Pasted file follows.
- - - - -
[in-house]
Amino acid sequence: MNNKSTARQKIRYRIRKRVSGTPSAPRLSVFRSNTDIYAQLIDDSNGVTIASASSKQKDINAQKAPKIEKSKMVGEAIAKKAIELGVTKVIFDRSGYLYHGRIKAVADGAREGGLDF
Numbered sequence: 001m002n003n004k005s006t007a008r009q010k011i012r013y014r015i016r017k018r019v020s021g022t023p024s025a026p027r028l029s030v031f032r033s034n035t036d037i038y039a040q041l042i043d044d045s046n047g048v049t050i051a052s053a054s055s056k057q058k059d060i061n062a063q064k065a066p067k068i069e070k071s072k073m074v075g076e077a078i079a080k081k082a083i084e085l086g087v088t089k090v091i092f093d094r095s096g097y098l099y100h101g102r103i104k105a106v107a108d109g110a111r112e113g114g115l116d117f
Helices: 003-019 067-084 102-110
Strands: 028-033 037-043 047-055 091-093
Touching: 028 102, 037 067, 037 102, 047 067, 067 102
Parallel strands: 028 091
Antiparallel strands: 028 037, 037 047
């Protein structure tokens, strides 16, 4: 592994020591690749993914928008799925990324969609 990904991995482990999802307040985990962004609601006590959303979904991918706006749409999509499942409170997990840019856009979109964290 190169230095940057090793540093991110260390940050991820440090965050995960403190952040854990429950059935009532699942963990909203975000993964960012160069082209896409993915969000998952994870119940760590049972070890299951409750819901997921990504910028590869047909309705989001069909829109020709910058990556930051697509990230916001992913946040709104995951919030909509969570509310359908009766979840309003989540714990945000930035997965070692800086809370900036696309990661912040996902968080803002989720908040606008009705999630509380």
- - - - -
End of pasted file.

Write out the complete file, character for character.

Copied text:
[in-house]
Amino acid sequence: MNNKSTARQKIRYRIRKRVSGTPSAPRLSVFRSNTDIYAQLIDDSNGVTIASASSKQKDINAQKAPKIEKSKMVGEAIAKKAIELGVTKVIFDRSGYLYHGRIKAVADGAREGGLDF
Numbered sequence: 001m002n003n004k005s006t007a008r009q010k011i012r013y014r015i016r017k018r019v020s021g022t023p024s025a026p027r028l029s030v031f032r033s034n035t036d037i038y039a040q041l042i043d044d045s046n047g048v049t050i051a052s053a054s055s056k057q058k059d060i061n062a063q064k065a066p067k068i069e070k071s072k073m074v075g076e077a078i079a080k081k082a083i084e085l086g087v088t089k090v091i092f093d094r095s096g097y098l099y100h101g102r103i104k105a106v107a108d109g110a111r112e113g114g115l116d117f
Helices: 003-019 067-084 102-110
Strands: 028-033 037-043 047-055 091-093
Touching: 028 102, 037 067, 037 102, 047 067, 067 102
Parallel strands: 028 091
Antiparallel strands: 028 037, 037 047
């Protein structure tokens, strides 16, 4: 592994020591690749993914928008799925990324969609 990904991995482990999802307040985990962004609601006590959303979904991918706006749409999509499942409170997990840019856009979109964290 190169230095940057090793540093991110260390940050991820440090965050995960403190952040854990429950059935009532699942963990909203975000993964960012160069082209896409993915969000998952994870119940760590049972070890299951409750819901997921990504910028590869047909309705989001069909829109020709910058990556930051697509990230916001992913946040709104995951919030909509969570509310359908009766979840309003989540714990945000930035997965070692800086809370900036696309990661912040996902968080803002989720908040606008009705999630509380």